pure vanilla extract¾ teaspoon
cake flour (or bleached all-purpose flour) 1½ cups plus 1 tablespoon (or 1¹?³ cups), sifted into the cup and leveled off5.5 ounces/156 grams
superfine sugar  1 cup7 ounces/200 grams
baking soda 1 teaspoon
baking powder ¾ teaspoon
salt    ¼ teaspoon
unsalted butter (65° to 75°F/19° to 23°C) 10 tablespoons (1 stick plus 2 tablespoons)5 ounces/142 grams5

SPECIAL EQUIPMENT: One 9 by 2-inch round cake pan, encircled with a cake strip, bottom coated with shortening, topped with a parchment round, then coated with baking spray with flour.

MIX THE COCOA AND WATER: In a medium bowl, whisk the cocoa and boiling water until smooth. Cover with plastic wrap to prevent evaporation and cool to room temperature, about 30 minutes. To speed cooling, place it in the refrigerator. Bring it to room temperature before proceeding.

PREHEAT THE OVEN: Twenty minutes or more before baking, set an oven rack in the lower third of the oven and preheat the oven to 375°F/175°C.

MIX THE LIQUID INGREDIENTS: In a food processor, process the banana and sour cream until smooth. Pulse in the cocoa mixture, eggs, and vanilla and process briefly just to blend.

MAKE THE BATTER: In the bowl of a stand mixer fitted with the flat beater, mix the flour, sugar, baking soda, baking powder, and salt on low speed for 30 seconds. Add the butter and half the banana-cocoa mixture. Mix on low speed until the dry ingredients are moistened. Raise the speed to medium and beat for 1 1/2 minutes. Scrape down the sides of the bowl. Starting on medium-low speed, gradually add the remaining banana-cocoa mixture in two parts, beating on medium speed for 30 seconds after each addition to incorporate the ingredients and strengthen the structure. The batter will be light but creamy. Using a silicone spatula, scrape the batter into the prepared pan and smooth the surface evenly with a small offset spatula.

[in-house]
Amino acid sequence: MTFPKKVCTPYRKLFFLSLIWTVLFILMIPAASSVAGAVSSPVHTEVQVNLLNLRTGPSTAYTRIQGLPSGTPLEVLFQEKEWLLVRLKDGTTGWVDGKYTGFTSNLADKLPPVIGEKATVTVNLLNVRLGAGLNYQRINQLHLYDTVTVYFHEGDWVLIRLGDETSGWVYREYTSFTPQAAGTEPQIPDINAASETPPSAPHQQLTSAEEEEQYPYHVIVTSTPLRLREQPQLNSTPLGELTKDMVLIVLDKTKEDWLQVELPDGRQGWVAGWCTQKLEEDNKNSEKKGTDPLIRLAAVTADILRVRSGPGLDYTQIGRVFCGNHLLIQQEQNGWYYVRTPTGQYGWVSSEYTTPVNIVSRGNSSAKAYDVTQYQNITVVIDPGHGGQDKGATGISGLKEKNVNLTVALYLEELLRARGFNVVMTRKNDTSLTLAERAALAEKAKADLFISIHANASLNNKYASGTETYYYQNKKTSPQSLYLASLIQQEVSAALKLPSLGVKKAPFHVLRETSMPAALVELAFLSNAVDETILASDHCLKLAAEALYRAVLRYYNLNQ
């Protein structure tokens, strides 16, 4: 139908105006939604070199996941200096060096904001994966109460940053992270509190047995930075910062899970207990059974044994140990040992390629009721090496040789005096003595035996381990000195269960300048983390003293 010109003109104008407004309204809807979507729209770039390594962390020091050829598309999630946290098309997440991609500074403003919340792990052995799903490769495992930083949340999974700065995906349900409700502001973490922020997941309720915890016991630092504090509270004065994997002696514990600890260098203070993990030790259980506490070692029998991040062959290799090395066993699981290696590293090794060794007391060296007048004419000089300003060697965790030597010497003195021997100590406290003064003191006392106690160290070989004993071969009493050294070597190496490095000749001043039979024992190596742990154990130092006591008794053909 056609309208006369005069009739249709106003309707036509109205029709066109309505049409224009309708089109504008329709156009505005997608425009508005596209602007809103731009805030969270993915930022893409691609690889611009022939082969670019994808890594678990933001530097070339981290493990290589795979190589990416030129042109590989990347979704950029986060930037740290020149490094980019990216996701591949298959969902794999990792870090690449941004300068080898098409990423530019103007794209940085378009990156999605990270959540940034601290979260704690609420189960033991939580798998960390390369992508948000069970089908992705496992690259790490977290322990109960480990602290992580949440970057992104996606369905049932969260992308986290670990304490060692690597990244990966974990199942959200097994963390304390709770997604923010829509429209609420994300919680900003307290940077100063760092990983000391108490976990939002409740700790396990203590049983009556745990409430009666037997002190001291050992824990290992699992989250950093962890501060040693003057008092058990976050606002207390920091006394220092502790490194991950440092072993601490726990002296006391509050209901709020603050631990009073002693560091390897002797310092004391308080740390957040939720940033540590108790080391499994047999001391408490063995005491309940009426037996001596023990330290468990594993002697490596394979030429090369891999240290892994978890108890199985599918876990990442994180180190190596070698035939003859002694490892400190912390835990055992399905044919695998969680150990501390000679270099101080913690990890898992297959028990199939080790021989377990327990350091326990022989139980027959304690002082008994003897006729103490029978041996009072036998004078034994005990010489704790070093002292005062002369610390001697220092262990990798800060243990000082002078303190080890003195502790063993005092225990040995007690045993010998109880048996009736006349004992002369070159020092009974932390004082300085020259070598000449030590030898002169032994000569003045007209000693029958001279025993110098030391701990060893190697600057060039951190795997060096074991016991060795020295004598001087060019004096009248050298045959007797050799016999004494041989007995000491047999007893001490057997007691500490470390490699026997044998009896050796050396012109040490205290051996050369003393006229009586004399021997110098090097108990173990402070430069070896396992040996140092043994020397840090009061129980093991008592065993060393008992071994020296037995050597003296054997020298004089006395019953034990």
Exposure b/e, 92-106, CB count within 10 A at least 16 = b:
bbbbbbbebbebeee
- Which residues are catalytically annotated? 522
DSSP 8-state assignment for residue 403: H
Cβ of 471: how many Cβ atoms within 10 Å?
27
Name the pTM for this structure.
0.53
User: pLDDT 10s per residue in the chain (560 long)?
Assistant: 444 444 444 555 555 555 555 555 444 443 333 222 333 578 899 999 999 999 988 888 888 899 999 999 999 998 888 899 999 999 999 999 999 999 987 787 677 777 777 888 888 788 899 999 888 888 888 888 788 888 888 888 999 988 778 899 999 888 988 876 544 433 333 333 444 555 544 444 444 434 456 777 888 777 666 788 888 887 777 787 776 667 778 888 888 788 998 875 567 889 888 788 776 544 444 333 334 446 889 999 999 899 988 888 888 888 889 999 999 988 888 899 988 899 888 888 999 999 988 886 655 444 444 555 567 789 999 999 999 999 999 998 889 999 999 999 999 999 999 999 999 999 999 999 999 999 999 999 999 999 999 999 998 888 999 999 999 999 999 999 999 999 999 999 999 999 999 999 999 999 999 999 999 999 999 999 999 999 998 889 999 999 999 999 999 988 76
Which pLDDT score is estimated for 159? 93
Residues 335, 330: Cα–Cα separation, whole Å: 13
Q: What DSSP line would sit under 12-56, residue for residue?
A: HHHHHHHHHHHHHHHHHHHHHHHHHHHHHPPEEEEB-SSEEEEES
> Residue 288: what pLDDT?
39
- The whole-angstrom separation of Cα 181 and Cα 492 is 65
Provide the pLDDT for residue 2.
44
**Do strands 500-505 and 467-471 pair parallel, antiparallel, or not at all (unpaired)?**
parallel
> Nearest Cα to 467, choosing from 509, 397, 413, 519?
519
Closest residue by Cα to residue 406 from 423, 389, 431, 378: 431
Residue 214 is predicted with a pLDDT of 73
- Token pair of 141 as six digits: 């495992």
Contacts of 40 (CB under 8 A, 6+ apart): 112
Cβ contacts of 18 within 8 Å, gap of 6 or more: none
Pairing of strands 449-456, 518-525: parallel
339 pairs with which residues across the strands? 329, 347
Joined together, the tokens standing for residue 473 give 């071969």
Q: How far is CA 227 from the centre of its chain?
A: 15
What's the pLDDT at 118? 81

BAKE THE CAKE: Bake for 35 to 45 minutes, or until a wire cake tester inserted in the center comes out clean and the cake springs back when pressed lightly in the center. The cake should start to shrink from the sides of the pan only after removal from the oven.

COOL AND UNMOLD THE CAKE: Let the cake cool in the pan on a wire rack for 10 minutes. Run a small metal spatula between the sides of the pan and the cake, pressing firmly against the pan, and invert the cake onto a wire rack that has been coated lightly with nonstick cooking spray. To prevent splitting, reinvert the cake so that the top side is up.
Cool completely.

Ganache Studded with Chocolate Chips

MAKES: 1¾ cups/16.5 ounces/466 grams

Volume Weight
dark chocolate, 60% to 62% cacao, chopped 8 ounces/227 grams
heavy cream1 cup (8 fluid ounces)
pure vanilla extract2 teaspoons
liqueur of your choice or extra cream (optional) 2 tablespoons1 ounce/28 grams
chocolate chips, preferably Guittard bittersweet2 cups11.5 ounces/325 grams